[Review] R.E.M.: Fables of the Reconstruction (1985)

An inspired if difficult album that only could have come from the American South and only from R.E.M.

Kronomyth 3.0: Flannery is the best policy.

I expected the band’s sound to further crystallize on this, their third full-length album. It doesn’t. Instead, Fables of the Reconstruction is a fiercely independent album that sounds like R.E.M., which is to say like nothing else. It doesn’t contain any hit singles and doesn’t even bother to try. Michael Stipe lyrics bubble up like bits of an interesting conversation overhead from a distance. It all sounds fascinating—”a Man Ray kind of sky” (from Feeling Gravitys Pull), “Mr. Citywide, hypnotize” (from Can’t Get There from Here)—but what it means remains a tantalizing mystery.

In his original review for Rolling Stone, Parke Puterbaugh echoed a similar reaction, more eloquently. After several listens, I was struck by how Fables of the Reconstruction reminded me of the writing of William Faulkner in its intimation of deeper and darker truths, and was surprised to find a paper on the Internet discussing Faulkner’s influence of the lyrics of R.E.M. (although Flannery O’Connor may be the better reference point). Clearly, I’m not the first person to feel this way. And, like many listeners, I truly enjoy this record without being able to point to any specific song and tell you why.

In the absence of hit single, “Can’t Get There from Here” and Driver 8 have become the popular ambassadors. Favorite album tracks including the surprisingly sweet Wendell Gee, Maps and Legends, and “Feeling Gravitys Pull” (a daring choice for the album’s opening track). Stipe’s lyrics are poetic, the music alternately edgy and lovely, while the bass guitar and backing vocals from Michael Mills gently tugs the music from the shadows into the light. It’s hard to say why this record is as affecting as it is, but you’ll return to it often to worry its familiar, knobby edges smooth, resolving nothing but revering everything.

Original elpee version

A1. Feeling Gravitys Pull (4:48)
A2. Maps and Legends (3:01)
A3. Driver 8 (3:18)
A4. Life and How to Live It (4:20)
A5. Old Man Kensey (Jerry Ayers/William Berry/Peter Buck/Michael Mills/Michael Stipe) (4:10)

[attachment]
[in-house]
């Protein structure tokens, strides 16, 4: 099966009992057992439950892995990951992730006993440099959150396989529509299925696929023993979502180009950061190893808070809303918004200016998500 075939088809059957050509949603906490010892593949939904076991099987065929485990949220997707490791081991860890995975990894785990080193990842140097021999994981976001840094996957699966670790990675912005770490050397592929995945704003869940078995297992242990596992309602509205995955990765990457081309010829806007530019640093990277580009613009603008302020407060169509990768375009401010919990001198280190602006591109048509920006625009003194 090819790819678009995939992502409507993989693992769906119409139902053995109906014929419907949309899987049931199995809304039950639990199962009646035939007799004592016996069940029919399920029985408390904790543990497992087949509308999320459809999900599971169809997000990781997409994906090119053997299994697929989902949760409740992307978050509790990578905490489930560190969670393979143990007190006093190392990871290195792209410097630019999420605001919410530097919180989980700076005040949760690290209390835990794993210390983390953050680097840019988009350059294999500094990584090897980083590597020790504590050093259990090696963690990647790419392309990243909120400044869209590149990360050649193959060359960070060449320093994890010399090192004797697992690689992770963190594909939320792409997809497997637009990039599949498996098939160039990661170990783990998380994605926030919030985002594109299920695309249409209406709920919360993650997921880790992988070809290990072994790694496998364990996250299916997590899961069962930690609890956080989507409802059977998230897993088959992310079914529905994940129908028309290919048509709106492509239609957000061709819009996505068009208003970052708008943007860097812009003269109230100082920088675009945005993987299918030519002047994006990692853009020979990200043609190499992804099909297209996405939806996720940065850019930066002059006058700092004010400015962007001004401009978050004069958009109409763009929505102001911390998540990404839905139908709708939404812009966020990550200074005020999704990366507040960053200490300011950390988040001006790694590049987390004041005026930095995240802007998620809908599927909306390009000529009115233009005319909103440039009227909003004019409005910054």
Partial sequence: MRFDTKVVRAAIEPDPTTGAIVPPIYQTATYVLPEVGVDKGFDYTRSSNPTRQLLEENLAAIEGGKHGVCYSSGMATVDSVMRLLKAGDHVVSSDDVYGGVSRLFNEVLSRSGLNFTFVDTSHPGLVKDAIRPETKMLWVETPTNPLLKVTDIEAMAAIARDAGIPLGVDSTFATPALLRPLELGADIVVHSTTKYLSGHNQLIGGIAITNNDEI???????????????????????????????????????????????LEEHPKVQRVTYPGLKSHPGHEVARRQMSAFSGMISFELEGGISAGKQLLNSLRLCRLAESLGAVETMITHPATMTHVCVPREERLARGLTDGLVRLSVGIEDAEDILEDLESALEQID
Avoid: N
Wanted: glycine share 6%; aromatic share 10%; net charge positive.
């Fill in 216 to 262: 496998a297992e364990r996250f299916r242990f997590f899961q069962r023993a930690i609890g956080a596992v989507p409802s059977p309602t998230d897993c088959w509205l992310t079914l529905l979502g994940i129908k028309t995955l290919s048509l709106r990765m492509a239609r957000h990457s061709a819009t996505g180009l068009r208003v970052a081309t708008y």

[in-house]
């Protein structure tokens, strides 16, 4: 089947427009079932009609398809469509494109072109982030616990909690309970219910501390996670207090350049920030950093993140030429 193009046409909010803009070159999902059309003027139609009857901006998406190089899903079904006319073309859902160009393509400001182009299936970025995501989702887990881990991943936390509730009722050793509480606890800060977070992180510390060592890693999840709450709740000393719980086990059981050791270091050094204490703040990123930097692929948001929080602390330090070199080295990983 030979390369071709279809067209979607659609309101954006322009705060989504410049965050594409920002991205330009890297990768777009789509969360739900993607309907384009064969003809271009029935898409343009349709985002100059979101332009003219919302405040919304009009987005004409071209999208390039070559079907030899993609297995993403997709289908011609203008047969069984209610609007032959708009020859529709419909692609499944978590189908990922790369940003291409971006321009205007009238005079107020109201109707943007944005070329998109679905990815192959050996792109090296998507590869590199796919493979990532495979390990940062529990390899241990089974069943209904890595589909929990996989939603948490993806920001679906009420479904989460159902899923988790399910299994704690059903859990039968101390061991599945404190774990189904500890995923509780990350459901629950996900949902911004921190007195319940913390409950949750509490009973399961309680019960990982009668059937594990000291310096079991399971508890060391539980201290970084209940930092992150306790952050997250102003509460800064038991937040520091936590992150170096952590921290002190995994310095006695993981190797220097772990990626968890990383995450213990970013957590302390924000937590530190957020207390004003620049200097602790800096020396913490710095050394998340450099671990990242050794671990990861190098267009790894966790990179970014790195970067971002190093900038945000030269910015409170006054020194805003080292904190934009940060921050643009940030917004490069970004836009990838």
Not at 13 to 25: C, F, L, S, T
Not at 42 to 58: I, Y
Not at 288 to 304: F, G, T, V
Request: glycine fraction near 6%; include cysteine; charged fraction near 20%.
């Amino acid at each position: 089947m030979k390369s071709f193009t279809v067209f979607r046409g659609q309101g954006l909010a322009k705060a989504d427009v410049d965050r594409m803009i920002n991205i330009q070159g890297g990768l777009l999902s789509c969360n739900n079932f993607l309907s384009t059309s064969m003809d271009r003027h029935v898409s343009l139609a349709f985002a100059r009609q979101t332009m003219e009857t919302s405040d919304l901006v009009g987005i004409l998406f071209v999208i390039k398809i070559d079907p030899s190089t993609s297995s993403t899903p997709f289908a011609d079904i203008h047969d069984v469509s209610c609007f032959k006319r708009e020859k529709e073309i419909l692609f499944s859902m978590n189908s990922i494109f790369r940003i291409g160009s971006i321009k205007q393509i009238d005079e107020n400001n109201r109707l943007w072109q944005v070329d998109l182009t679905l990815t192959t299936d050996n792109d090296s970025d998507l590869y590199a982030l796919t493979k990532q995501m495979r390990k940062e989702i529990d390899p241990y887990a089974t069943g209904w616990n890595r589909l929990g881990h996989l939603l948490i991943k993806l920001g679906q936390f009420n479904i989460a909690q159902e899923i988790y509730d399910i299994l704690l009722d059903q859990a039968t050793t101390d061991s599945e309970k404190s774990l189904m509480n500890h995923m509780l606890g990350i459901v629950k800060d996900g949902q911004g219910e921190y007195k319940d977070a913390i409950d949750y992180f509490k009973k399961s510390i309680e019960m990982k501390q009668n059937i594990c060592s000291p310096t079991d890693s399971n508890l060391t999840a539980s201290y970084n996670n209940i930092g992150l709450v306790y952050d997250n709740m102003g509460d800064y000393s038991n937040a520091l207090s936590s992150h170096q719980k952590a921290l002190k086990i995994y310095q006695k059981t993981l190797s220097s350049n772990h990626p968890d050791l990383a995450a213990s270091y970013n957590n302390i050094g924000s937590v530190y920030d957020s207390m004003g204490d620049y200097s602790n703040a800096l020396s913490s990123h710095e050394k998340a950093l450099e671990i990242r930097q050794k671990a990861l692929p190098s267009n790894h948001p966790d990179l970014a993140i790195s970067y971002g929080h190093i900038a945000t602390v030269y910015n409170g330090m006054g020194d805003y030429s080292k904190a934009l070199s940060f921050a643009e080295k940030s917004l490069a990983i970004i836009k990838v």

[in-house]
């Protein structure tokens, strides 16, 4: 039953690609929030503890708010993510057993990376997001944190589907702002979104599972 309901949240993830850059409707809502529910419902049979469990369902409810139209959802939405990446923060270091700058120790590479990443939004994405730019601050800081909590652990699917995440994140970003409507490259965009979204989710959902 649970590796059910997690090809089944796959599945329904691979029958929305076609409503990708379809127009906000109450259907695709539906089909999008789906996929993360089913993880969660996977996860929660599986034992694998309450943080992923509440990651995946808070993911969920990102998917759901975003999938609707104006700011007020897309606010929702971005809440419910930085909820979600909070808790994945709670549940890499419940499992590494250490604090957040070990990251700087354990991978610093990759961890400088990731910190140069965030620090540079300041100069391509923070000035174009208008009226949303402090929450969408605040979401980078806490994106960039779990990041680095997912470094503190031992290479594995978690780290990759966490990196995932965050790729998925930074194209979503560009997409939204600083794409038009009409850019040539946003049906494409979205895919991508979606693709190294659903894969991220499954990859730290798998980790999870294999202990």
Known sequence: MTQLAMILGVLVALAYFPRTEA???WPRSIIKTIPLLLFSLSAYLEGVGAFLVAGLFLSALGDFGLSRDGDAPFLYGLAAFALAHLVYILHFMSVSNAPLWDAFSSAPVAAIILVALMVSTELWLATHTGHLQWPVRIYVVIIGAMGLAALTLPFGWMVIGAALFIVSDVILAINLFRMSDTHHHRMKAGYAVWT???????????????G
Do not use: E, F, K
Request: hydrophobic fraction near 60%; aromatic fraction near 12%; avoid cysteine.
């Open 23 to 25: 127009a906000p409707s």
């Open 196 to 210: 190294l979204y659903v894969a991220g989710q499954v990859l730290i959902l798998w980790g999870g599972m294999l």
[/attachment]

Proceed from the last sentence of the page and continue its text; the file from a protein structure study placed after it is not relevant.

B1. Can’t Get There from Here (4:10)
B2. Green Grow the Rushes (3:42)
B3. Kohoutek (3:10)
B4. Auctioneer (Another Engine) (2:41)
B5. Good Advices (3:30)
B6. Wendell Gee (2:56)

All songs written by William Berry/Peter Buck/Michael Mills/Michael Stipe unless noted.

CD reissue bonus tracks
12. Crazy (3:00)
13. Burning Hell (3:48)
14. Bandwagon (2:12)
15. Driver 8 (live) (3:20)
16. Maps and Legends (live) (3:14)

The Players

William Berry (drums, backing vocals), Peter Buck (guitar, banjo, harmonica), Mike Mills (bass guitar, backing vocals, piano), Michael Stipe (lead vocals) with David Bitelli (tenor & baritone sax on B1), Camilla Brunt (violin on A1), Jim Dvorak (trumpet on B1), Philippa Ibbotson (violin on A1), David Newby (cello on A1), Pete Thomas (tenor saxophone on B1). Produced by Joe Boyd; engineered by Jerry Boys, Tony Harris and Barry Clempson.

The Pictures

Cover and sleeve by M.K. Johnston.

The Plastic

Released on elpee, cassette and compact disc on June 10, 1985 in the US (I.R.S., IRS/IRSC/IRSD-5592), the UK (I.R.S., MIRF-1003/IRLC-19016) and the Philippines (Epic, QEL-25105) with innersleeve. [CD made in Japan.] Reached #28 on the US charts (RIAA-certified gold record) and #35 on the UK charts.

  1. Re-released on expanded compact disc in 1992 in Italy and the Netherlands (I.R.S., 13160-2) with 5 bonus tracks.
  2. Re-issued on expanded compact disc on September 23, 1998 in Japan (I.R.S., TOCP-3459) with 5 bonus tracks.
  3. Re-packaged as The Collection with Eponymous, Document, Dead Letter Office + Life’s Rich Pageant on 5CD box set in 1990 in the Netherlands (CBS, 465885-2).

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